4 truths about America's rapidly shrinking economy

The U.S. Bureau of Economic Analysis released its quarterly data on Thursday, showing a shocking 9.5 percent decline in GDP during the second quarter of 2020.

Here are four quick takeaways:

1) The economy is in the toilet. This is by far the worst single-quarter decline recorded in statistics that go back to 1947, and likely the worst in American history. In per capita terms, the economy shrank back to its size in mid-2013 in just three months. New unemployment claims have been holding steady for weeks at a level several times higher than the worst point of the Great Recession.

Subscribe to The Week

Escape your echo chamber. Get the facts behind the news, plus analysis from multiple perspectives.


Sign up for The Week's Free Newsletters

From our morning news briefing to a weekly Good News Newsletter, get the best of The Week delivered directly to your inbox.

From our morning news briefing to a weekly Good News Newsletter, get the best of The Week delivered directly to your inbox.

Sign up

2) The coronavirus rescue packages are working. Roughly three-quarters of the GDP loss was due to a collapse in personal spending, which fell by over $1.3 trillion. However, overall personal income actually grew by 7.3 percent, thanks entirely to the boost to unemployment insurance, the economic impact payments, and other government rescues. Many are suffering or left out, but the bulk of the American people are scraping by for the moment.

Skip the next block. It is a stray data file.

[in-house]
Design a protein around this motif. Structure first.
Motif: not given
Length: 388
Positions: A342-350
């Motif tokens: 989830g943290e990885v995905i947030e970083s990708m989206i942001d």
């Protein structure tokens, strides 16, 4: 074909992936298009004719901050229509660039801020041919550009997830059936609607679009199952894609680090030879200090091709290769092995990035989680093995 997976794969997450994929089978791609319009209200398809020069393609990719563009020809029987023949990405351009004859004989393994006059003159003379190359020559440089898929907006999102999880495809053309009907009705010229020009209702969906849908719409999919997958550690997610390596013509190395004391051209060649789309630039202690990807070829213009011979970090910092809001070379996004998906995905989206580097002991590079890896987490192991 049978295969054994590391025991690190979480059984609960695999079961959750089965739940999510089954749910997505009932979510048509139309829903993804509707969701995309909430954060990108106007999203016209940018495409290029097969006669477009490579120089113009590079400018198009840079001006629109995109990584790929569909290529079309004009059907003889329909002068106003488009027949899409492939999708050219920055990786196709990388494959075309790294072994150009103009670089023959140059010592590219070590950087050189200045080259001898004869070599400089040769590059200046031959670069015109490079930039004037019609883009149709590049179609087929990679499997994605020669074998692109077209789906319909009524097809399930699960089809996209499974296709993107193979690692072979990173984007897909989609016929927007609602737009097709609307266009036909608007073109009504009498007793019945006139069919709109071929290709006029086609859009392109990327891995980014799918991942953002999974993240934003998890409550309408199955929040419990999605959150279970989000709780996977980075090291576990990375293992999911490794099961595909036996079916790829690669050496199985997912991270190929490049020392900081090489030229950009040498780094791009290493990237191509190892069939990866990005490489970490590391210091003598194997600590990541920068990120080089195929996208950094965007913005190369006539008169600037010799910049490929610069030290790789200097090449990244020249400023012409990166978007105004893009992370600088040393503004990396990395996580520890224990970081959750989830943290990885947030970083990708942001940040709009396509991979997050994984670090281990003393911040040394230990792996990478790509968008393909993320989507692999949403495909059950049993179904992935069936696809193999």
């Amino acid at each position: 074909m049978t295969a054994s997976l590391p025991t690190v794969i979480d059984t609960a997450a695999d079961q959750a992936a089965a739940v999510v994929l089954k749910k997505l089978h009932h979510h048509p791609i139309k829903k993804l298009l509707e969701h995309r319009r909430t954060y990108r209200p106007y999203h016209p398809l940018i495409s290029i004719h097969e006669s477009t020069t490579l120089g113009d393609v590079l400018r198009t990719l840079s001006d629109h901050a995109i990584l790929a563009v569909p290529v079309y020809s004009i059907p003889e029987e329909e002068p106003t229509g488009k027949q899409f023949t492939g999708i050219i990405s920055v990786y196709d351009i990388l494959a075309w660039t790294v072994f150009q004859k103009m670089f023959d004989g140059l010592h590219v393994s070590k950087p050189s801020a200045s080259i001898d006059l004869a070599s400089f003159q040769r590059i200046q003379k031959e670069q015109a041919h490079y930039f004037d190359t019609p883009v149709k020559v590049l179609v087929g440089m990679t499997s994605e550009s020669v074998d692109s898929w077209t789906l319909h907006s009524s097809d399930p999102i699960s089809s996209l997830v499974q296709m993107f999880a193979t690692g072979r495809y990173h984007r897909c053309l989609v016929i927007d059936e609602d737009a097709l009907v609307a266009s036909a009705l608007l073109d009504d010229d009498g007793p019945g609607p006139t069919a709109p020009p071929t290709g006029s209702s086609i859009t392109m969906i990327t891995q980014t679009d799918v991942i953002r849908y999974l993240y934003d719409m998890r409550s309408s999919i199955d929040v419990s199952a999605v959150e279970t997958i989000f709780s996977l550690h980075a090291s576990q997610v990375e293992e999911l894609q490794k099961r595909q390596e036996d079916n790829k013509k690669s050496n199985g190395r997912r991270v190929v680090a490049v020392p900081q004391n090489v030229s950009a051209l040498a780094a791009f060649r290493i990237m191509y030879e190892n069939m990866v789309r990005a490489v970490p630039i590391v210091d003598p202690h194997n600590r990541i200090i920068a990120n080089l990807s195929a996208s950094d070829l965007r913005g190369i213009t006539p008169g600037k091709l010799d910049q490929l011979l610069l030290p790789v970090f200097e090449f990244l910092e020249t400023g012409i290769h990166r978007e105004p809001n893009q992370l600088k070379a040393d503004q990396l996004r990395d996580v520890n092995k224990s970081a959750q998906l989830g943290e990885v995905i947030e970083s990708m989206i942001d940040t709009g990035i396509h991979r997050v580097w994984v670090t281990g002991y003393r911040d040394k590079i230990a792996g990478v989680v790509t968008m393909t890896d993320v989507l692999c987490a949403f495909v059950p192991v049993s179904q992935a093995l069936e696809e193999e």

3) Recovery is not coming soon. Studies demonstrate that it is not government closures that cause most of the decline in spending, but instead the presence of coronavirus. Because President Trump has allowed the pandemic to rage, the economy will not return to its previous strength for the indefinite future.

4) If the rescues are not renewed, heaven help us. America is in a severe emergency that will get much worse on the current track. Super-unemployment is in the process of expiring across the country, and Republicans recently proposed slashing it by two-thirds. That will likely end with tens of millions being thrown out on the street.

Continue reading for free

We hope you're enjoying The Week's refreshingly open-minded journalism.

Subscribed to The Week? Register your account with the same email as your subscription.

Ryan Cooper

Ryan Cooper is a national correspondent at TheWeek.com. His work has appeared in the Washington Monthly, The New Republic, and the Washington Post.